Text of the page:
Hoard it Amitabh’s ad campaign for Uttar Pradesh
It has nowadays become commonplace to call politicians mukhotas or masks that cover other more oblique, darker realities. The rancid darkness behind masks can bridge the opaque backroom deal with the visible spectacle and the performed massacre. The disturbing image of a crowd wearing almost life-like Narendra Modi masks invokes a dystopic vision of a cloned tyrant (waiting for a science-fiction film called the ‘Boys from Gujarat’) whose power lies not in his distance from those he rules over, but from the uncanny and intimate proximity that is leveraged by his sinister ability to brand the faces of the multitude with his own features, and by their desire to jettison their own particularities in order to gain his grimace. When the electorate dons the Modi mask, it can turn itself into a crowd that no longer has the capacity to ‘lose face’ at the disasters meted out in its name.
So, what exactly did Amitabh Bachchan, Big B, Big Boss, the erstwhile angry young man, a sometime corporation, now a poet of banal blogging and a robustly ageing piece of handsomely upholstered furniture in every television owner’s living space, contribute to the political life of our greasy republic?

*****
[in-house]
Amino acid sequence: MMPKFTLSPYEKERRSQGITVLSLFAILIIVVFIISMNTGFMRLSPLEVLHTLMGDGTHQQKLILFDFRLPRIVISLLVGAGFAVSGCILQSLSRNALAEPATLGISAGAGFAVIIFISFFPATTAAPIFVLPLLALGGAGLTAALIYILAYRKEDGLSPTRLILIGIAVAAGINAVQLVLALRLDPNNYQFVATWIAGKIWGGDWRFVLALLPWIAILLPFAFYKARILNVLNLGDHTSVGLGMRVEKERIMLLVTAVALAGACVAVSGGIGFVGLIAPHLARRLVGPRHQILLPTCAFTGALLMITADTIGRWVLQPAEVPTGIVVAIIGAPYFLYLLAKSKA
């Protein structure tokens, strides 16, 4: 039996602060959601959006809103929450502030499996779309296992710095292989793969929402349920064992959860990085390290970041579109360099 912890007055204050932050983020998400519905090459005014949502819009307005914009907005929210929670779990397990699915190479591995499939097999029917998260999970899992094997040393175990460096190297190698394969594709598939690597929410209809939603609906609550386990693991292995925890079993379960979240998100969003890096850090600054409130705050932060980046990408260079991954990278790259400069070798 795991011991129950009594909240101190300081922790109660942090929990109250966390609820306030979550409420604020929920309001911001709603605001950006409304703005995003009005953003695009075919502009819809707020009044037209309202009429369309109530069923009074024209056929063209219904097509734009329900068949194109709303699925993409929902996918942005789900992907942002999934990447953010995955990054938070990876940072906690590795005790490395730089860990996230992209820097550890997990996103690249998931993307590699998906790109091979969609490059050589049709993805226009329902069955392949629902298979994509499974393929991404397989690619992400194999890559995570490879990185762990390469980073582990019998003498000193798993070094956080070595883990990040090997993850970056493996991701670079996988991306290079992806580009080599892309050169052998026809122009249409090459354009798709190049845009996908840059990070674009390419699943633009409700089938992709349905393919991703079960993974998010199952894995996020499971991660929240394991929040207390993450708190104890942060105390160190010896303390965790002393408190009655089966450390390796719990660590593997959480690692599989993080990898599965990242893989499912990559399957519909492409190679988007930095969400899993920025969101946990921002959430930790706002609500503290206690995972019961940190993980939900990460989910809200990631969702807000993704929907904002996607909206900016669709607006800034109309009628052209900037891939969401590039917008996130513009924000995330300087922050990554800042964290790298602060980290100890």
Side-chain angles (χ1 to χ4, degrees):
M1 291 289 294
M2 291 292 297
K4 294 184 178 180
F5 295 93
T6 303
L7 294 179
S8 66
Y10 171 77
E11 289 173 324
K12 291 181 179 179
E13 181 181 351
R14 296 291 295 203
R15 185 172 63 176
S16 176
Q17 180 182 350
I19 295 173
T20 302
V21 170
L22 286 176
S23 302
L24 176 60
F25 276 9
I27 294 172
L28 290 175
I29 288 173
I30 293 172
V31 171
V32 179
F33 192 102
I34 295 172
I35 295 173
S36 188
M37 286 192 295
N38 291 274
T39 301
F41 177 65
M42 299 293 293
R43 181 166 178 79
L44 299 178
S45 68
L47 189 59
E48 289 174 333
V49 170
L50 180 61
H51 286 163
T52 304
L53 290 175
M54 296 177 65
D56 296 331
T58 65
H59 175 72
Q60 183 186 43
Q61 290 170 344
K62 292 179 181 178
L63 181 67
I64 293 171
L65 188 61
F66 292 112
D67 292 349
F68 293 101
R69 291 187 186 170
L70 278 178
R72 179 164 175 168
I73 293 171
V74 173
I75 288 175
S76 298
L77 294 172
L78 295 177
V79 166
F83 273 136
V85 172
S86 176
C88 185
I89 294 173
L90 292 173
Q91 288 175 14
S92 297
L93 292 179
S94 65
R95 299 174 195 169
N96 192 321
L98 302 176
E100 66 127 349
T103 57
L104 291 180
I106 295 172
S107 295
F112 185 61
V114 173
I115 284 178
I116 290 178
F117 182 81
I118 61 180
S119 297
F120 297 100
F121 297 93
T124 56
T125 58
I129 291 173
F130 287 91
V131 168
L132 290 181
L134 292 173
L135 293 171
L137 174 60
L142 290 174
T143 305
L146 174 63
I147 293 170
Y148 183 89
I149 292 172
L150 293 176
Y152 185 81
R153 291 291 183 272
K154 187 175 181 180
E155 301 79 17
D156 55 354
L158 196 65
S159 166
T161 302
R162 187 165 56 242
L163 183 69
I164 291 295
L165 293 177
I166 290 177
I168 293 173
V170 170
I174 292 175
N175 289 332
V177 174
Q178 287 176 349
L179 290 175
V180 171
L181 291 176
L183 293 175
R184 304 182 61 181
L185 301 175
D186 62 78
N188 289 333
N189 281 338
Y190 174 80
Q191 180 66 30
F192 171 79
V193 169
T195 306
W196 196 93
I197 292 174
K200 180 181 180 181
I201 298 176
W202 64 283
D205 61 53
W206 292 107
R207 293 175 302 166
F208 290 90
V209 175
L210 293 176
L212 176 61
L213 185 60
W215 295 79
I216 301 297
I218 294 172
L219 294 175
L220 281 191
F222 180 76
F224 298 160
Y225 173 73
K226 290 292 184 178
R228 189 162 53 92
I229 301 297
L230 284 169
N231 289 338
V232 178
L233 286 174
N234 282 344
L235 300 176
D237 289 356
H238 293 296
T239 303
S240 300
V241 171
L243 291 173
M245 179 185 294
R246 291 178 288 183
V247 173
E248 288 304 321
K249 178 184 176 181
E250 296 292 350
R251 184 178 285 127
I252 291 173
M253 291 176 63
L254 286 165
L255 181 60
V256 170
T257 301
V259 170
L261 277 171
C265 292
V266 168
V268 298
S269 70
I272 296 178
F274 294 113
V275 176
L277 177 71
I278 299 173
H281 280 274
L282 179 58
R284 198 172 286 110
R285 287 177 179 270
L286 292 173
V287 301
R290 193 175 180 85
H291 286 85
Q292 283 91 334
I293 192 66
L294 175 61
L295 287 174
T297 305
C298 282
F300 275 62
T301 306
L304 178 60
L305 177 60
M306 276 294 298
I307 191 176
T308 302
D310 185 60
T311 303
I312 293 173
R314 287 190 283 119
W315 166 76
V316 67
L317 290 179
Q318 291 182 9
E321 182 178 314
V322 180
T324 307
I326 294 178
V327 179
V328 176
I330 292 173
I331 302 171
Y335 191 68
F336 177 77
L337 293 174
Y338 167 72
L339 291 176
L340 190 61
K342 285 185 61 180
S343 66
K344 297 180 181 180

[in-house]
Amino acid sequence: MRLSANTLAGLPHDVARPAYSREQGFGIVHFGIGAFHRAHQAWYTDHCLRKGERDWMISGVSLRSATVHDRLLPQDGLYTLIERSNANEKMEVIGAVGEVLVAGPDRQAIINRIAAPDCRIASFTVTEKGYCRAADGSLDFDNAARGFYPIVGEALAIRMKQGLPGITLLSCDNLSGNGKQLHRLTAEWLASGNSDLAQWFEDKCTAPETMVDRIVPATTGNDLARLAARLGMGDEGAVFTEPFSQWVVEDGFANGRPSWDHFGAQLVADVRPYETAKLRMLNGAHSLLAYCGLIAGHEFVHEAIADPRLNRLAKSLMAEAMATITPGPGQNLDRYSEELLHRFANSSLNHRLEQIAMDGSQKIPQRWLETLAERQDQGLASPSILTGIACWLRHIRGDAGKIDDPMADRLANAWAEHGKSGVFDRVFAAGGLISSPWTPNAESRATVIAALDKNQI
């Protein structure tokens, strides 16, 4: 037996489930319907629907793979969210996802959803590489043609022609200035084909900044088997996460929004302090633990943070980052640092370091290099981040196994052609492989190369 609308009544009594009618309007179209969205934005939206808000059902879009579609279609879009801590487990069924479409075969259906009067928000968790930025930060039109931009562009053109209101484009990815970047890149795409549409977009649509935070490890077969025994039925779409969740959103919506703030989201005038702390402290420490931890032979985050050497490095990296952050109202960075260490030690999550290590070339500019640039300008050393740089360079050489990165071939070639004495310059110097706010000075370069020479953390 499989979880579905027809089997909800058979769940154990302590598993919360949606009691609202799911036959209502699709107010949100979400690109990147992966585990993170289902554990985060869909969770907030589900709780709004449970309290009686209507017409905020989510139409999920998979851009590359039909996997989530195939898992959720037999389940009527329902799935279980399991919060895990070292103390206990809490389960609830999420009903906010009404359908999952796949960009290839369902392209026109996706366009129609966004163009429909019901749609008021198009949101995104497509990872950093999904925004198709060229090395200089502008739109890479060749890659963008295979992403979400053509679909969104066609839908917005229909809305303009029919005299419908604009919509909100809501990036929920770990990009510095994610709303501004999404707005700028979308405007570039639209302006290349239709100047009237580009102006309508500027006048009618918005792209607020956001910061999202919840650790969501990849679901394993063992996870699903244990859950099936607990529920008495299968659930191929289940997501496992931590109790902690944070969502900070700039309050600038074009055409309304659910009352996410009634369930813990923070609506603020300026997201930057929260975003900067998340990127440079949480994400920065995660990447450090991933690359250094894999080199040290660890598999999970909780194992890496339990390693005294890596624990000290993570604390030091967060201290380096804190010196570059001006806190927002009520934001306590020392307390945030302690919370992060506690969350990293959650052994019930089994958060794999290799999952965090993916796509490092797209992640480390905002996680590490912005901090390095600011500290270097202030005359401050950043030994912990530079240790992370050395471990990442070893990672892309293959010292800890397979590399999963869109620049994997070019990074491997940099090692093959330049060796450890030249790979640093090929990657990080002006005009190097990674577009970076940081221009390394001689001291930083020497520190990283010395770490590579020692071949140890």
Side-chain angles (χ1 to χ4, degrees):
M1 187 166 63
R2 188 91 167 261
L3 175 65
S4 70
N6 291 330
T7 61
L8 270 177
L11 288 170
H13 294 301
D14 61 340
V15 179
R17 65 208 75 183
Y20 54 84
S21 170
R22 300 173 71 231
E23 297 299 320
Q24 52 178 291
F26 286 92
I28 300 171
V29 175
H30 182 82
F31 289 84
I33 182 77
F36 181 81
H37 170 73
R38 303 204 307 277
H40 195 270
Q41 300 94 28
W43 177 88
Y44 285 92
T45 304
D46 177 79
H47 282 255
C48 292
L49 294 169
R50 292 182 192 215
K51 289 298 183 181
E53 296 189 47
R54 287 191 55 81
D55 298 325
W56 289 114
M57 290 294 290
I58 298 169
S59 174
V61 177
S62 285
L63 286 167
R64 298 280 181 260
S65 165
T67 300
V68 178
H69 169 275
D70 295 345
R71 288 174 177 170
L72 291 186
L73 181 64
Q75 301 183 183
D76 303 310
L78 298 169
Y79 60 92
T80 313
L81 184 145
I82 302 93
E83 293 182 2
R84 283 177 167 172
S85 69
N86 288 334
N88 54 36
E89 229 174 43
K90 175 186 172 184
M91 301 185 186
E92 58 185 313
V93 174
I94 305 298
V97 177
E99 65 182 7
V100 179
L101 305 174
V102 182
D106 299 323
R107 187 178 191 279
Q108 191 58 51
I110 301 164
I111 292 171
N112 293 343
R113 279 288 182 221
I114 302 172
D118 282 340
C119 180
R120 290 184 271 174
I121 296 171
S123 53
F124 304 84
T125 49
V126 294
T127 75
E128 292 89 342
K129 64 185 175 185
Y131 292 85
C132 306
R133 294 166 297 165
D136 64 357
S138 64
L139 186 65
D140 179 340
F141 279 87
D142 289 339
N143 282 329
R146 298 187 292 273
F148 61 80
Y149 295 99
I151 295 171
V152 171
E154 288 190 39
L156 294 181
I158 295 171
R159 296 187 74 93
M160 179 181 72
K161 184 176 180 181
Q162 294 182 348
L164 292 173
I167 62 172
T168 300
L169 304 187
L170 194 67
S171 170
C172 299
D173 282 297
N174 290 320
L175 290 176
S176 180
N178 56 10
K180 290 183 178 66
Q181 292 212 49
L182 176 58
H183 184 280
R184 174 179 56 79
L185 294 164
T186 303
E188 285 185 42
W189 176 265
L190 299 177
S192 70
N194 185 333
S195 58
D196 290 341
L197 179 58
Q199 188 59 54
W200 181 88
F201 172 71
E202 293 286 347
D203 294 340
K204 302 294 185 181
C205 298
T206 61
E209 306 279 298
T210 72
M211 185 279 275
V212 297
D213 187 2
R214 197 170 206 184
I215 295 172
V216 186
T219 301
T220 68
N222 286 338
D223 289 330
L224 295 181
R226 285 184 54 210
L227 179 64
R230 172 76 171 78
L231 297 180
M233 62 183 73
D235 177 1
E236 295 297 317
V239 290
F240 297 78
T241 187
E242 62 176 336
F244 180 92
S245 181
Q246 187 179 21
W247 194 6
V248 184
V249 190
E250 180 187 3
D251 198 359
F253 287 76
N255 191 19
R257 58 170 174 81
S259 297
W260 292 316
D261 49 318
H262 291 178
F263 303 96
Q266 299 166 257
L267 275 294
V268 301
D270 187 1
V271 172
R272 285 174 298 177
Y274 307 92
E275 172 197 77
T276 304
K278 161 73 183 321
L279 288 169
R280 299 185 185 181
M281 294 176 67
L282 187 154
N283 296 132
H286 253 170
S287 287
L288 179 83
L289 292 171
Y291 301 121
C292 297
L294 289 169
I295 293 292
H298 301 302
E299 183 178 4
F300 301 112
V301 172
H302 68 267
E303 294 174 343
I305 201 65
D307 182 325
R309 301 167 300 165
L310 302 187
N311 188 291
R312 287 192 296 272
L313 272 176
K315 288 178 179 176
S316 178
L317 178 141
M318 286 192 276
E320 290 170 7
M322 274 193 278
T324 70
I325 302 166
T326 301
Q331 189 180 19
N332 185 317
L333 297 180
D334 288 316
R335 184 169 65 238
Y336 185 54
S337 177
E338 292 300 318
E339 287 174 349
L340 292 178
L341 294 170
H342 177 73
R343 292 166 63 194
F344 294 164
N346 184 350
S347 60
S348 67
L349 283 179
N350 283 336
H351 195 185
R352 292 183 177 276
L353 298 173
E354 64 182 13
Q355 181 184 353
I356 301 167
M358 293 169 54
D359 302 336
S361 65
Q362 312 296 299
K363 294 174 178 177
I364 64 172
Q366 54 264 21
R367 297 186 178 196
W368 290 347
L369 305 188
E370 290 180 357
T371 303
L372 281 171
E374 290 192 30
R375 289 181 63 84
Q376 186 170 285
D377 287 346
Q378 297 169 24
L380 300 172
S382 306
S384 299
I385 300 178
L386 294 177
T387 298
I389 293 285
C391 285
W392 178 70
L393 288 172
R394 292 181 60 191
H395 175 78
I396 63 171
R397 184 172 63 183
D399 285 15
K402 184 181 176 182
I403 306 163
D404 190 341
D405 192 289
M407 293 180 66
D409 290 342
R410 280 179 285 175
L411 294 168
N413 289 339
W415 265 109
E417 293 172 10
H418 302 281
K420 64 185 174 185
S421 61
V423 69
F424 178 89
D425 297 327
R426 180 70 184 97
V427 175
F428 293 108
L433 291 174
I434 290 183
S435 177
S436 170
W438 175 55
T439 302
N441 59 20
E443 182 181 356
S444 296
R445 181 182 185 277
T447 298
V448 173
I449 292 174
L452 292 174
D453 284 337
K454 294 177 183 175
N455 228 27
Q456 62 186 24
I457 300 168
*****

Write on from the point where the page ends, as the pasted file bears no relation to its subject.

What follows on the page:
What Bachchan brought to Indian politics was not necessarily charisma alone (and it isn’t only filmstars that generate charisma in any case). He did of course have a headstart in terms of a flawless performance of sincerity. A quality that has stood by him at his murkiest moments. As a politician, he never quite exhausted the finely tuned ‘sincerity quotient’ in his self-presentation, even as he orchestrated the careful mix between a performative ‘son of the soil’ modesty and a grandiose Bollywood baritone. It was the same alloy of intimate ease with the common man or woman and a simultaneously aloof hauteur that later marked Bachchan’s avuncular presence on television quiz shows. Seeing Bachchan the patriarch pump, cajole and console contestants with a teflon smoothness that makes even his hairpiece look ragged is to witness what might have made Bachchan the political meteor that he once was. Seeing Bachchan ‘do’ Thackeray in films like Sarkar Raj is to watch him give even the darkest of political forces the gossamer shine of his careful blend of sincerity and cynicism.